In food supplements, the lower daily doses are typically found in multivitamin and mineral formulations, as well as more concentrated B vitamin complexes and specialist homocysteine support supplements, with the 1000mcg doses of Vitamin B12 formulated as sub-lingual tablets designed for optimal absorption under the tongue, which bypasses the complex stomach digestion and absorption processes allowing for greater absorption. Some medical practitioners prescribe Vitamin B12 injections but of course, these cannot be administered as easily as taking food supplements at home to maintain long-term optimal body and storage levels.
In supplements, B12 is usually present as the inactive cyanocobalamin – a form the body then has to expend energy converting into the bioactive forms methylcobalamin and adenosylcobalamin. Taking food supplements already containing the bioactive forms can, therefore, support bioavailability (i.e. enhanced absorption) and bioactivity of this crucial vitamin.
The status of B12 typically is assessed through serum or plasma B12 levels. Low values may indicate a deficiency but may also indicate low levels of Vitamin B6 and/or folate as these vitamins work synergistically in the cell methylation cycle. Elevated serum homocysteine also indicates an imbalance in B vitamin and methylation cycle activity.
Organic acid urine tests can also detect Vitamin B12 deficiency. Methylmalonic acid (MMA) is a compound produced in very small amounts during amino acid metabolism. Increased production of MMA detected in the urine occurs in Vitamin B12 deficiency. This is because B12 acts as a coenzyme, promoting the conversion of methylmalonyl CoA to succinyl CoA.
Of course, you don’t need to get tested just because you’re vegan! If you have symptoms that indicate low B12 or feel dietary sources are low then checking levels can help indicate the need for higher levels of supplementation.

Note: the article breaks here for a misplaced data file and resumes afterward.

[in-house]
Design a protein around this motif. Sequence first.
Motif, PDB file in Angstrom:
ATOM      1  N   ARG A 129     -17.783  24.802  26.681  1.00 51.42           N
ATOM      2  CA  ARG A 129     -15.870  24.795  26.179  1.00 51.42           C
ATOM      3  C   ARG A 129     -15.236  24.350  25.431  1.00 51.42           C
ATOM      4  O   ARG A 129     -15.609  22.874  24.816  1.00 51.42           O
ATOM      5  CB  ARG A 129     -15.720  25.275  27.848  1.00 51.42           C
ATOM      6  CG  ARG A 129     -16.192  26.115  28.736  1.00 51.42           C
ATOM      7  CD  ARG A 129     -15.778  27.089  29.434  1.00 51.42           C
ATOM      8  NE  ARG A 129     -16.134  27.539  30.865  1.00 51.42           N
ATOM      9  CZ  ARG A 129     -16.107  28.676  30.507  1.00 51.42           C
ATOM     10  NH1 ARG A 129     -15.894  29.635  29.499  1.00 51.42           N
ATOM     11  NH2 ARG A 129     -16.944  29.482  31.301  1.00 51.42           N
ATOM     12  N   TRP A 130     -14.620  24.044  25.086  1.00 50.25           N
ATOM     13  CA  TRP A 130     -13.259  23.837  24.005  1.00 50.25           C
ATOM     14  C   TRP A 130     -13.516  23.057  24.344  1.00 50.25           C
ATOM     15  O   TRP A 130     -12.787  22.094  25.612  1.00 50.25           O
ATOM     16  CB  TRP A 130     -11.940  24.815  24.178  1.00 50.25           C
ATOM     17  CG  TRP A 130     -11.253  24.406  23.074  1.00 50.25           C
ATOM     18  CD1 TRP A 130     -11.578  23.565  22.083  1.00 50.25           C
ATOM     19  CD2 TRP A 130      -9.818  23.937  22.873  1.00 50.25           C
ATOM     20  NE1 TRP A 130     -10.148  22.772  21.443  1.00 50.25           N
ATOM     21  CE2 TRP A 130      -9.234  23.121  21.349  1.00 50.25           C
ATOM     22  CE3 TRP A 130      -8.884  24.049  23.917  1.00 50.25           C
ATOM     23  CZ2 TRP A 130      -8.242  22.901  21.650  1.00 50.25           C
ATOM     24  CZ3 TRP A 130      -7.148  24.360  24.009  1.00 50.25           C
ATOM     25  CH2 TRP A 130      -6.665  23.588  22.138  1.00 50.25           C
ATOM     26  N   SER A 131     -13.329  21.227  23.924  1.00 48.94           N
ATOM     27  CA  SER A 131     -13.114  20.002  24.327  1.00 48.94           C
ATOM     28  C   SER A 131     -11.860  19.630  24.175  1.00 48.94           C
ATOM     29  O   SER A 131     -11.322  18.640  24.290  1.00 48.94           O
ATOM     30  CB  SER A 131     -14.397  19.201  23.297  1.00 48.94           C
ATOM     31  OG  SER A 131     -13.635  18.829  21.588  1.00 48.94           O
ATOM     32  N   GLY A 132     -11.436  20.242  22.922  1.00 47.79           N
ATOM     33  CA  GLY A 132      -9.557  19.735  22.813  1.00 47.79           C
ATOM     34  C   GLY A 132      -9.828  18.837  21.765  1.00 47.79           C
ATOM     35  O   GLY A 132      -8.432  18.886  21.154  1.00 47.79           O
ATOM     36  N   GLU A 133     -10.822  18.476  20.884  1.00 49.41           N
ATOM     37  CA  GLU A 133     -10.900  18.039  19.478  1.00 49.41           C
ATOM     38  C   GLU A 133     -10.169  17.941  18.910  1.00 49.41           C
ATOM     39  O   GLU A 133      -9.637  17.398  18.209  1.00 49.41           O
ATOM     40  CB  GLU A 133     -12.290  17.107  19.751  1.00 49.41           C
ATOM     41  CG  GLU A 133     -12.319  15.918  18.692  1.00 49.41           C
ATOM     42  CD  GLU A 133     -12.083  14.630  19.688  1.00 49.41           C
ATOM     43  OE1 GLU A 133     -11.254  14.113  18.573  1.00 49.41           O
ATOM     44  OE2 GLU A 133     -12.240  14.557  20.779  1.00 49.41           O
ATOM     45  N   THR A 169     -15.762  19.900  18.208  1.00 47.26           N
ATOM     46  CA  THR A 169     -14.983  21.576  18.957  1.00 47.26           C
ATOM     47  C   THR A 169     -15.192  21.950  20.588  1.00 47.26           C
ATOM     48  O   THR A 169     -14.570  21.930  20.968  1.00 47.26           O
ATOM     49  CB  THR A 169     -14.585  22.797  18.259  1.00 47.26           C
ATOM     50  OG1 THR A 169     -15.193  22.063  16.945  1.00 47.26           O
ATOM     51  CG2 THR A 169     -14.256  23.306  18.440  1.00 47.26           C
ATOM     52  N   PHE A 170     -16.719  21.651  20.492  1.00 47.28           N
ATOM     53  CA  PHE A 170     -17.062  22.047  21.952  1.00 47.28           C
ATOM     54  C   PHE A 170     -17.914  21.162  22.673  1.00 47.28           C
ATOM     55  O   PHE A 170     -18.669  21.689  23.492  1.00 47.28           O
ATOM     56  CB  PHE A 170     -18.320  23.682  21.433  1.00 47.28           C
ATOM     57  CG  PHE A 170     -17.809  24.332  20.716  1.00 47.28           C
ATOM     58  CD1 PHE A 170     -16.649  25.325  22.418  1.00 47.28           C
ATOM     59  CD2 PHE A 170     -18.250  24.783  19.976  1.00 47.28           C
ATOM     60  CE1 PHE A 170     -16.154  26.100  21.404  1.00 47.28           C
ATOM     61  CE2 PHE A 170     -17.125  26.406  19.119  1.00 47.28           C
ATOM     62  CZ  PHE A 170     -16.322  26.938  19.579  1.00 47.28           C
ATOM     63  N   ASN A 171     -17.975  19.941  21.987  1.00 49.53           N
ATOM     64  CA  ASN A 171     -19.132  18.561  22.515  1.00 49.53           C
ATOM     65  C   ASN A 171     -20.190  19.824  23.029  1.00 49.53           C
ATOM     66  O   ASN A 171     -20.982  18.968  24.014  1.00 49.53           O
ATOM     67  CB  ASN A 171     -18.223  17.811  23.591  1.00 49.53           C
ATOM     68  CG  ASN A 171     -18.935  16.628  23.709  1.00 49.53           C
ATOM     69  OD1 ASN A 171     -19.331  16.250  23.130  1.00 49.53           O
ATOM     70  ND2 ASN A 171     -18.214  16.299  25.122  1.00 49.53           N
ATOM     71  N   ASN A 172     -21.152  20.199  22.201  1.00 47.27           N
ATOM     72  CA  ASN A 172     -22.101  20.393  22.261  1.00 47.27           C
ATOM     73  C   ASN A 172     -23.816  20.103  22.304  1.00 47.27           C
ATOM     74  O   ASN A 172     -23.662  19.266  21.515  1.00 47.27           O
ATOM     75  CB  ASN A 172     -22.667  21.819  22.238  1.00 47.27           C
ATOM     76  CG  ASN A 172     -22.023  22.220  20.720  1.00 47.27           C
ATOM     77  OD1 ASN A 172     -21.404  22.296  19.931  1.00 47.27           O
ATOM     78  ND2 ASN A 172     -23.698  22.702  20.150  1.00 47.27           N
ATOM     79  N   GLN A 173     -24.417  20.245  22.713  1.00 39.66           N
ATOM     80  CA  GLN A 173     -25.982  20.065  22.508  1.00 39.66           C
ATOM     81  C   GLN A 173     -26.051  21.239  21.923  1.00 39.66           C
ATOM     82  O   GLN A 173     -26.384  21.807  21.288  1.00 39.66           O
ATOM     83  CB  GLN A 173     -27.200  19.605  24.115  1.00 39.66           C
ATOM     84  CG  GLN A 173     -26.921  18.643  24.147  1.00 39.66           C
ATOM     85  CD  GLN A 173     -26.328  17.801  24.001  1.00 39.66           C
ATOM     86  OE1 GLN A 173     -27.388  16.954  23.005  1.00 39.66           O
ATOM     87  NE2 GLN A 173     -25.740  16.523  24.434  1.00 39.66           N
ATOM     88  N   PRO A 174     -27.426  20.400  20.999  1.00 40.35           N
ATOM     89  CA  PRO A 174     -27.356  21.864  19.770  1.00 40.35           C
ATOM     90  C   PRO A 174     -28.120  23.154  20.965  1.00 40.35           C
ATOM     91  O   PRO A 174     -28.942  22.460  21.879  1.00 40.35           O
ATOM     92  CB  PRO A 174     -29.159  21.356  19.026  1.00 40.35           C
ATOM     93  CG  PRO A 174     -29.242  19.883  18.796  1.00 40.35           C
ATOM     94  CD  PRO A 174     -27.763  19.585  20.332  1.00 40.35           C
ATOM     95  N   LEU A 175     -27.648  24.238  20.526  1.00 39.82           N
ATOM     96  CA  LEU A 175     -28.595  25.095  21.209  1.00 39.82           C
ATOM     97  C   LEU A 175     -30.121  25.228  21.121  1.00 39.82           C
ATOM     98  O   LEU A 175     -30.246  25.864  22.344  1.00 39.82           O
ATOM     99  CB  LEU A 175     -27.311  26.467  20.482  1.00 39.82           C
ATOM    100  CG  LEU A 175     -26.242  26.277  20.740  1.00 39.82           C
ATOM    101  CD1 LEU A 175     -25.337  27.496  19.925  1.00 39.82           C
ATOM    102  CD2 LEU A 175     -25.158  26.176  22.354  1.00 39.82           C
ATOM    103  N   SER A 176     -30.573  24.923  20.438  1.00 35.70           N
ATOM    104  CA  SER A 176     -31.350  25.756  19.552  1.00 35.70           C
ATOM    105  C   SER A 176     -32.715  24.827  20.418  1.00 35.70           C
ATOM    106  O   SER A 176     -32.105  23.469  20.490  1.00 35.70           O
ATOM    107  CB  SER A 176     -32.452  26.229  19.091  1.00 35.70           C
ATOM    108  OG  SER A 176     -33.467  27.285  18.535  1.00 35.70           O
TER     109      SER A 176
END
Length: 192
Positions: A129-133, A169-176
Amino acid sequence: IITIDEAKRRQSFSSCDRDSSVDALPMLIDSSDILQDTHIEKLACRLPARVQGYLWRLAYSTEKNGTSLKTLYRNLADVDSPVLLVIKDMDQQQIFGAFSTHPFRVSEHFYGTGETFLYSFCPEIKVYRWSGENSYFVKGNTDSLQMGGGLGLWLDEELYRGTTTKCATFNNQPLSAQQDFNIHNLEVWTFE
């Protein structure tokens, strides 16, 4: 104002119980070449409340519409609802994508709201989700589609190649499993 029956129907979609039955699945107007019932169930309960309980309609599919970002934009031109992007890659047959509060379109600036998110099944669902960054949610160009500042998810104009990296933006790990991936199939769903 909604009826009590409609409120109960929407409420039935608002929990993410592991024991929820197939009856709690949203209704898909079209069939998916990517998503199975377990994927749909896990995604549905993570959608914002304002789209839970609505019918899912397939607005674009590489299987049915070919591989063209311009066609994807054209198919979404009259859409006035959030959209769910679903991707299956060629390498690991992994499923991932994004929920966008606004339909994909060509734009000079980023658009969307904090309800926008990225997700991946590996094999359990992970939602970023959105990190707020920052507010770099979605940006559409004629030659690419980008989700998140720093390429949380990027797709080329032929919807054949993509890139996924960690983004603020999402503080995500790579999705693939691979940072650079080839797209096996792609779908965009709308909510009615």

Clearing up confusions
Vitamin B12 levels are crucial to maintaining long-term health and it’s not always possible to regularly eat or absorbed the high dietary levels of Vitamin B12 required. Age and dietary status are two of the main reasons for Vitamin B12 deficiency, especially if the main sources of meat and dairy are not included for ethical/health/environmental reasons, as with vegan and some vegetarian diets. Daily supplementation of up to 1000mcg B12 with bioactive methylcobalamin and adenosylcobalamin forms through the sub-lingual route helps to bypass the complex stomach and digestive absorption process and improve bioavailability.
If you want to know more information about Vitamin B12 and its place in the methylation cycle then please view this CPD accredited webinar from our education partner
Further reading from Nutrigold:
Tucker et al (2005) Low plasma vitamin B12 is associated with lower BMD: the Framingham Osteoporosis Study. J Bone Miner Res. 2005 Jan;20(1):152-8
Poole JF, Malinow MR, Chambless LE, Spence JD, Pettigrew LC, Howard VJ, Sides EG, Wang CH, Stampfer M. Lowering homocysteine in patients with ischemic stroke to prevent recurrent stroke, myocardial infarction, and death: the Vitamin Intervention for Stroke Prevention (VISP) randomized controlled trial. JAMA. 2004 Feb 4;291(5):565-75.
Lonn E, Yusuf S, Arnold MJ, Sheridan P, Pogue J, Micks M, McQueen MJ, Probstfield J, Fodor G, Held C, Genest J Jr; Heart Outcomes Prevention Evaluation (HOPE) 2 Investigators. Homocysteine lowering with folic acid and B vitamins in vascular disease. N Engl J Med. 2006 Apr 13;354(15):1567-77. Epub 2006 Mar 12.
Hooshmand B et al (2016) Association of Vitamin B12, Folate, and Sulfur Amino Acids With Brain Magnetic Resonance Imaging Measures in Older Adults: A Longitudinal Population-Based Study. JAMA Psychiatry Apr 27.
Morris MS et al (2014) Vitamin B-12 and folate status in relation to decline in scores on the mini-mental state examination in the framingham heart study. J Am Geriatr Soc 60(8):1457-64.
Toole JF et al (2004) Lowering homocysteine in patients with ischemic stroke to prevent recurrent stroke, myocardial infarction, and death: the Vitamin Intervention for Stroke Prevention (VISP) randomized controlled trial. JAMA 4;291(5):565-75.
Selhub J et al (2007) In vitamin B12 deficiency, higher serum folate is associated with increased total homocysteine and methylmalonic acid concentrations. Proc Natl Acad Sci USA 11;104(50):19995-20000
Wang ZP et al (2012) Low maternal vitamin B(12) is a risk factor for neural tube defects: a meta-analysis. J Matern Fetal Neonatal Med 25(4):389-94
Melina V, Craig W, Levin S. Position of the Academy of Nutrition and Dietetics: vegetarian diets. J Acad Nutr Diet. 2016;116(12):1970-1980
Wokes F, Badenoch J, Sinclair HM. Human dietary deficiency of vitamin B12. Am J Clin Nutr. 1955;3(5):375-382
Pawlak Ret al (2013) How prevalent is vitamin B(12) deficiency among vegetarians? Nutr Rev. 2013 Feb;71(2):110-7